DENVER, Colo. — We've heard about the health benefits of owning a pet, like reducing stress or dropping your blood pressure. However, new research found pets can have an even greater benefit to our brains as we age.
Bob and Grace Nelson didn’t plan to adopt 9-year-old Winston. Their daughter surprised them with the four-legged delivery.
“She said, ‘This is something that you need to have,’ so Winston then showed up at our doorstep,” said Bob Nelson with a smile.
They’ve given him a home, but the Nelsons didn’t realize all that Winston would give in return.
“It's companionship, and also, you know, having somebody at home all the time. He's always there. He fills the house up,” said Grace Nelson.
But, Winston’s companionship offers Bob and Grace more than happiness; it likely brings them better health.
“I deliver papers for the local community paper, and he goes along with me just to walk, and he gets me out, which is what is important to me. Otherwise, sometimes you don't do that,” Bob Nelson said.
All those small walks add up. Researchers at the University of Michigan studied cognitive skills in adults over 65, measuring brain function through memory and math tests.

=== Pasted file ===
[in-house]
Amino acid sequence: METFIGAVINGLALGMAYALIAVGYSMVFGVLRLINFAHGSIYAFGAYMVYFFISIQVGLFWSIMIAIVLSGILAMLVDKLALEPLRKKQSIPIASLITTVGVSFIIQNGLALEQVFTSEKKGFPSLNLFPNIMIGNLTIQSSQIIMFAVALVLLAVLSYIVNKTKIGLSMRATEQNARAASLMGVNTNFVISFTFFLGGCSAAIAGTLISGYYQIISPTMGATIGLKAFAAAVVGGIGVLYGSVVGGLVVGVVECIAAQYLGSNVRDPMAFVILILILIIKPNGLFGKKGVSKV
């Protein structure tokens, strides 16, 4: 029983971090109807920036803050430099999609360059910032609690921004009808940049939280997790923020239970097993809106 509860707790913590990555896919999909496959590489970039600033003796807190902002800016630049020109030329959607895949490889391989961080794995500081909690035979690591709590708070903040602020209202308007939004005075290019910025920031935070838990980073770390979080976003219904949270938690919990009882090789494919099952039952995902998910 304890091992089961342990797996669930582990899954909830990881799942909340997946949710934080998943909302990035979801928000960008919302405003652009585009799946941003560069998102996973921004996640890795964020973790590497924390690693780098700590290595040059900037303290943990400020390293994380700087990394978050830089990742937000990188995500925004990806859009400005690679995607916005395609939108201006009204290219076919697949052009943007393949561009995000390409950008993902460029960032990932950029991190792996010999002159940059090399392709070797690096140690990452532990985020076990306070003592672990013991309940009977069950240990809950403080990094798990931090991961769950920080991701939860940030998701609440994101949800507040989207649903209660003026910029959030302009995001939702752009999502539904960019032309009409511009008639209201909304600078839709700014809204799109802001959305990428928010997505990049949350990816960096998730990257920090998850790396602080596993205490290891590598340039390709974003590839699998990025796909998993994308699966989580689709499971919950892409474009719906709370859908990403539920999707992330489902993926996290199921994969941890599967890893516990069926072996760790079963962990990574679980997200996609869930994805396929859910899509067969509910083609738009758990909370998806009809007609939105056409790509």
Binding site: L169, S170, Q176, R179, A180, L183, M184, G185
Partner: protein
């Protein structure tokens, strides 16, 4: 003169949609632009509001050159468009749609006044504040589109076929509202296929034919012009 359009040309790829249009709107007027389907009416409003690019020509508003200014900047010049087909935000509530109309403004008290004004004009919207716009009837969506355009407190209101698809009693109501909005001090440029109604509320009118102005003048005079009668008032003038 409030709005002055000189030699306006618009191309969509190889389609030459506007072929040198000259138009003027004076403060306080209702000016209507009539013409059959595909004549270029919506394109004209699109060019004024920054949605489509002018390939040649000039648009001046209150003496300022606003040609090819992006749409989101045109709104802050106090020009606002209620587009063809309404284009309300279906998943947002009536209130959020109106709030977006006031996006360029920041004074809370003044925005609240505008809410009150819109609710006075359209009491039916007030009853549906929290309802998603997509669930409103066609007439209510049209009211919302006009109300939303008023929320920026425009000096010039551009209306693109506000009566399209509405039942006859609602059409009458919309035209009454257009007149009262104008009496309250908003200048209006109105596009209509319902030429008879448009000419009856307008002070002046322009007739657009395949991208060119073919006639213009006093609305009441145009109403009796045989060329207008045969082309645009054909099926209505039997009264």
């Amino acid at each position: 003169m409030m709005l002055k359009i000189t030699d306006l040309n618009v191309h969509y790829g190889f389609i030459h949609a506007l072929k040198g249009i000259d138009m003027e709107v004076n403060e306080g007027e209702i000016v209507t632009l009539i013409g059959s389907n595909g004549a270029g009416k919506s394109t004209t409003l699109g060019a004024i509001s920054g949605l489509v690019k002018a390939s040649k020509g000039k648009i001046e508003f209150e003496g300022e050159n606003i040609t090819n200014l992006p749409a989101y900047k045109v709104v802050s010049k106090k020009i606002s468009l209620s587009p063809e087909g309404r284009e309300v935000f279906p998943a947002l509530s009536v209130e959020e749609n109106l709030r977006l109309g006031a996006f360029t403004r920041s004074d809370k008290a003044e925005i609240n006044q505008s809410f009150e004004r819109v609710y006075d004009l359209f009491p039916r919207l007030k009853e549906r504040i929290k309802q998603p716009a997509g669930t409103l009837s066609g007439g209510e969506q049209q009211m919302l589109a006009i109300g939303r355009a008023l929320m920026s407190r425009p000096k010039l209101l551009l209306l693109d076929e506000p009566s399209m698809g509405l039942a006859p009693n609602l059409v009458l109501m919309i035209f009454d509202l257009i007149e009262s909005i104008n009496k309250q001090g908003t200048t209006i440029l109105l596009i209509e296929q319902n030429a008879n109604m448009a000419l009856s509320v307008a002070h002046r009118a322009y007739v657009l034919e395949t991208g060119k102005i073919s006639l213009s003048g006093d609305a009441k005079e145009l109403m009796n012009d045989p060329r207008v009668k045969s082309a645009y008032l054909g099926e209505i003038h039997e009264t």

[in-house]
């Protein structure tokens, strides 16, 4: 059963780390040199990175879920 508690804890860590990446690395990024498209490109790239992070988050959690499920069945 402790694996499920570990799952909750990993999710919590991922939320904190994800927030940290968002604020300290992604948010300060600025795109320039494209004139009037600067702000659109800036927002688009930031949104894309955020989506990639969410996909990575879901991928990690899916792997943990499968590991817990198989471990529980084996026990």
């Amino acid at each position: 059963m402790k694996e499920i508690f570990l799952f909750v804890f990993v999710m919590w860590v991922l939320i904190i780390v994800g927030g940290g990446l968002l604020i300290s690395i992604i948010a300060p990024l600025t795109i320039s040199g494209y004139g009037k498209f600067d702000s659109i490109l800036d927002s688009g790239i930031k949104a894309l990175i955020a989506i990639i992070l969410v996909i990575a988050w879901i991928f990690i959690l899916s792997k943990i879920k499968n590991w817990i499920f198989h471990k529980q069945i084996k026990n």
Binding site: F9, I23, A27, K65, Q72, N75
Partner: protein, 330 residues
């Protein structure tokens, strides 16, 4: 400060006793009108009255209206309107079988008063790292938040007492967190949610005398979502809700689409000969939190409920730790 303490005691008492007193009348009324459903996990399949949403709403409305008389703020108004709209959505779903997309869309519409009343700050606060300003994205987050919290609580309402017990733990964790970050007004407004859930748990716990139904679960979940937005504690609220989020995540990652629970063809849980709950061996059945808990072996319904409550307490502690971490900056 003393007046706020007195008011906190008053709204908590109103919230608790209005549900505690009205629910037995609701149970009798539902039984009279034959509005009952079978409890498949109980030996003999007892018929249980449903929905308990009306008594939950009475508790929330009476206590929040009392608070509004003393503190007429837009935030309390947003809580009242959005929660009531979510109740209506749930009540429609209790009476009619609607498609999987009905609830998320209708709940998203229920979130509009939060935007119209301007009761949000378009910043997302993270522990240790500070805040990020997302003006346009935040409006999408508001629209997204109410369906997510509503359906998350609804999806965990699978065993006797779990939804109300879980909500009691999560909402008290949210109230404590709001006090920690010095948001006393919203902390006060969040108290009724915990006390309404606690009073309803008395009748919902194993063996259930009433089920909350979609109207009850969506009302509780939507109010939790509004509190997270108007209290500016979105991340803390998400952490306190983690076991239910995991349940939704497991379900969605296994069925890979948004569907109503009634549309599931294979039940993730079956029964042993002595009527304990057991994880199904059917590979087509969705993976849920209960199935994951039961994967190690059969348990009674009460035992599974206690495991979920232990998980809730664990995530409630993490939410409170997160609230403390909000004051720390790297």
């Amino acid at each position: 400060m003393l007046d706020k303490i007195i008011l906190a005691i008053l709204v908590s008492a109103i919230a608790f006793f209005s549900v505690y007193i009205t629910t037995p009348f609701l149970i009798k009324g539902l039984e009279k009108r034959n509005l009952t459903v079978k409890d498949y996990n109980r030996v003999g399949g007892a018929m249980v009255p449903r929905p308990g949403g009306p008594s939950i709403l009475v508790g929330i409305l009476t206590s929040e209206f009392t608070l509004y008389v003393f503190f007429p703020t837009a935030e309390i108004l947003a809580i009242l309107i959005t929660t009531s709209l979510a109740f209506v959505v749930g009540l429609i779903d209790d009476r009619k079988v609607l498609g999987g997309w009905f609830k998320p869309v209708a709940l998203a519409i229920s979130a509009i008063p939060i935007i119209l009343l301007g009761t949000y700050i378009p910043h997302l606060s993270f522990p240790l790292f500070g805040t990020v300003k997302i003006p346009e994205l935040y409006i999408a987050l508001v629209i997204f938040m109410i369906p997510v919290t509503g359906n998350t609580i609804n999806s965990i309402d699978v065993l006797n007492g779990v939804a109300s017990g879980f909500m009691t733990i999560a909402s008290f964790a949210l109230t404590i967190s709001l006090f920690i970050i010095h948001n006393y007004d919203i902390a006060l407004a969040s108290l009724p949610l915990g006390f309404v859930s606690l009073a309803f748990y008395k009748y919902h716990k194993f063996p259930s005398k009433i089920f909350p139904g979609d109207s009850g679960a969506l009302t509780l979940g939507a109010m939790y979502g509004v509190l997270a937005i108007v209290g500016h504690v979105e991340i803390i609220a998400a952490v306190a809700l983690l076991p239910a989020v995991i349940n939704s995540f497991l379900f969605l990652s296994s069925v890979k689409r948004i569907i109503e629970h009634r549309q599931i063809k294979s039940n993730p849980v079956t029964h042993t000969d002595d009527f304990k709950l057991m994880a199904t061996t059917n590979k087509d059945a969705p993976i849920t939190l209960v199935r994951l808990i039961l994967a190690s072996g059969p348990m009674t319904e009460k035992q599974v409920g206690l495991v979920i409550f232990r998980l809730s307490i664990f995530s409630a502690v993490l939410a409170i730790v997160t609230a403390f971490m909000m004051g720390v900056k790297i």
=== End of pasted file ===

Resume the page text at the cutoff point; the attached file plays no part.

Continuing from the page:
They found seniors who owned pets scored better over time on cognitive tests than those without pets, meaning pet owners’ brains stayed sharper for longer.
They found the mental benefits increased for people who owned their pets for five years or more. Slowing cognitive decline can mean seniors become less forgetful and stay more active and more aware as they age. Researchers said this can be because the chemicals that cause stress speed up mental decline—and pets can be a stress buffer.
Also, pets encourage exercise and socializing, which can help keep inflammation low and blood flow to the brain high. These factors can contribute to a healthier heart and brain.
“It engages with other people, and that's, I think, important because I think it's very easy for people our age to get isolated,” said Grace Nelson. “I think that's a big thing that he has really helped us not feel so isolated.”
Karen Martiny runs the Animal Rescue of the Rockies. She helped connect the Nelsons with Winston, and she sees time and time again how animals improve brain health, especially for older adopters.
“It staves off loneliness, which is a huge factor, because mental health decline, you know, it's increased with loneliness and depression,” said Martiny.
The Nelsons say they don’t need science to understand Winston may like to nap and snooze, but he’s helping a lot.
“I'm just glad that we got him. It's just nice to have him around,” said Grace Nelson.
If you’d like to look into adopting a pet, click HERE.